Is Shock Treatment for Atrial Fibrillation Dangerous?

Shock treatment (also known as electric shock or electrical cardioversion) is a type of treatment for atrial fibrillation.

First of all, do not be misled by movies. Shock treatment is very safe. Though a minimal release of muscle enzymes is seen in some cases, serious complications are unusual. The current recommendation from the American College of Cardiology is to anticoagulate patients with chronic AF for three to four weeks prior and for at least four weeks following cardioversion.

If you have had AFib for less than 48 hours, your doctor might perform cardioversion right away. Otherwise, you will be treated with warfarin (Coumadin) in case of the release of blood clots. The main goal of operating an electrical cardioversion is to normalize the rate and rhythm of your heart, preventing them from getting out of control.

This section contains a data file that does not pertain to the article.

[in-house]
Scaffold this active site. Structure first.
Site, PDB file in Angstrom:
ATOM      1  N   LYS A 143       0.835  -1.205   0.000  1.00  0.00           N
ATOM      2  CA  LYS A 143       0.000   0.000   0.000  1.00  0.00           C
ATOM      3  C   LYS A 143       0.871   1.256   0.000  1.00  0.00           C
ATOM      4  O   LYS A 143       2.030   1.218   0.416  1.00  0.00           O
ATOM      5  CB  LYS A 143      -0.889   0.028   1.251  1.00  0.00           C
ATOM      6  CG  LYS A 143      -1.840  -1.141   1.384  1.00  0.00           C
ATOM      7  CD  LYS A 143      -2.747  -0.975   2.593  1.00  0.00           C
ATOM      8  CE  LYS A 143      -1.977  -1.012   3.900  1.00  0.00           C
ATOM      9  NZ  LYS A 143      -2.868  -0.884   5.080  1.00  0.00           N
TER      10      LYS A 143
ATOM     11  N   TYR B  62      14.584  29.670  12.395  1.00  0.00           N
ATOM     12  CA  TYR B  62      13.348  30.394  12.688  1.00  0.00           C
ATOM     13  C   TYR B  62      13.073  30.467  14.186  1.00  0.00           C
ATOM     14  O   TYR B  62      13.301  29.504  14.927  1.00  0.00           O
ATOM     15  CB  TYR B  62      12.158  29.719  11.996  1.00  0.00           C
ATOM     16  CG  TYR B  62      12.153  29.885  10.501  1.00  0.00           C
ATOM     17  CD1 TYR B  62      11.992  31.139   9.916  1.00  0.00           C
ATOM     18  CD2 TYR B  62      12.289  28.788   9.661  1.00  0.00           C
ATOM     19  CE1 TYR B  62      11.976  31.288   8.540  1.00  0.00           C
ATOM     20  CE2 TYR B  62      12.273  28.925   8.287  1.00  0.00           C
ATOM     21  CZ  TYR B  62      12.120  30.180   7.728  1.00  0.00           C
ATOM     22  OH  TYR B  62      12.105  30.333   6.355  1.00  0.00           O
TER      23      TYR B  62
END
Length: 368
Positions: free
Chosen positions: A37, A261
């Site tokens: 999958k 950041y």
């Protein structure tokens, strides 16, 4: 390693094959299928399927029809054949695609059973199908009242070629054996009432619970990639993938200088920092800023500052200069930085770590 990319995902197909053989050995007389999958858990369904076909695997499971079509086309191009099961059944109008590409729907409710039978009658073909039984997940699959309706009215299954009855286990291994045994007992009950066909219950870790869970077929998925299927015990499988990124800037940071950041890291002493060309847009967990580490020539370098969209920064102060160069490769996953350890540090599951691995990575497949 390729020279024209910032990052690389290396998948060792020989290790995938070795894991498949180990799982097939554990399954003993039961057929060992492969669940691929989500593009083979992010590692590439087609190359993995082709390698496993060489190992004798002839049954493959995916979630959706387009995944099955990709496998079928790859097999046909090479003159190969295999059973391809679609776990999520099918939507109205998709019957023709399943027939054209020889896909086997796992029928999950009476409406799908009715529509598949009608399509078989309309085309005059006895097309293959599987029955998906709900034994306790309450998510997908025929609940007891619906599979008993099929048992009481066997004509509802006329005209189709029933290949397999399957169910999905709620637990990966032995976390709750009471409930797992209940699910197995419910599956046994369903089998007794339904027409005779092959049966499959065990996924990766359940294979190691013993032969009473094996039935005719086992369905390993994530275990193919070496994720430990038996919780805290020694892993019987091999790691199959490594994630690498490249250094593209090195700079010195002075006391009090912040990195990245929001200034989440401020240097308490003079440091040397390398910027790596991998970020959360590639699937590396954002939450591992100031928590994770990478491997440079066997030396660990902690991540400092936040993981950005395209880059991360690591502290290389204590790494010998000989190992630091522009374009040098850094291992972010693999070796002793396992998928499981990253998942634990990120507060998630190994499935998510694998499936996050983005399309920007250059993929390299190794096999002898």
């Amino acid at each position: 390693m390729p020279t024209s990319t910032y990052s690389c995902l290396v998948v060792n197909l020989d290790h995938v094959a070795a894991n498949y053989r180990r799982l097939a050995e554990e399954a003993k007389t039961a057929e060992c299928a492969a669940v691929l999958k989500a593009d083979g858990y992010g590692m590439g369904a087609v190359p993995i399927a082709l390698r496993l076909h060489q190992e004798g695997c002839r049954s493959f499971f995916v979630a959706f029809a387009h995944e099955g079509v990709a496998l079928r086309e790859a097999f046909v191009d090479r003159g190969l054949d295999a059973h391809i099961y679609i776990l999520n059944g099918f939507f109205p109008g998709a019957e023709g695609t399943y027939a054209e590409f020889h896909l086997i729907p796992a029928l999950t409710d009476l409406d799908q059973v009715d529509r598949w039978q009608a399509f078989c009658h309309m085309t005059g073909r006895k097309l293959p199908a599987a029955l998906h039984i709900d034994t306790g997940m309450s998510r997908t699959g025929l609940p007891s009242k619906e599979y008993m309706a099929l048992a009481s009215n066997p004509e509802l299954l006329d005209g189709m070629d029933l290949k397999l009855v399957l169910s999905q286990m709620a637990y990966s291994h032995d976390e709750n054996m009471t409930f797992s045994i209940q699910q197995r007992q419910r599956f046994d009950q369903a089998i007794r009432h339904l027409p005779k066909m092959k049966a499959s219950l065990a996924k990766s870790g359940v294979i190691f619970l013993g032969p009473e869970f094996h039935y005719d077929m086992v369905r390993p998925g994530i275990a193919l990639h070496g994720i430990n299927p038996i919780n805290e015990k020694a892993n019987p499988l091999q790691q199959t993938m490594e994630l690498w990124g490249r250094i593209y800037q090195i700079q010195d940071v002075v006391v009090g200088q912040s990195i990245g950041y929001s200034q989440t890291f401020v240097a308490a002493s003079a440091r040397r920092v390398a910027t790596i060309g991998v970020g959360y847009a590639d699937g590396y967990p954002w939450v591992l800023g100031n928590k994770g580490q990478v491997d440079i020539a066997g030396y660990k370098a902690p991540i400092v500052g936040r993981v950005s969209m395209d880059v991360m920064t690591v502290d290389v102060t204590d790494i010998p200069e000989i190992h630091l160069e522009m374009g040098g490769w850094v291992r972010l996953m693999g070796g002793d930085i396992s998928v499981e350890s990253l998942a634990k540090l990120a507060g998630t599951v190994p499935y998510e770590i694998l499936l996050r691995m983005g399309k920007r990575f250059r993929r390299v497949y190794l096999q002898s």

* The Content is not intended to be a substitute for professional medical advice, diagnosis, or treatment. Always seek the advice of your physician or other qualified health provider with any questions you may have regarding a medical condition.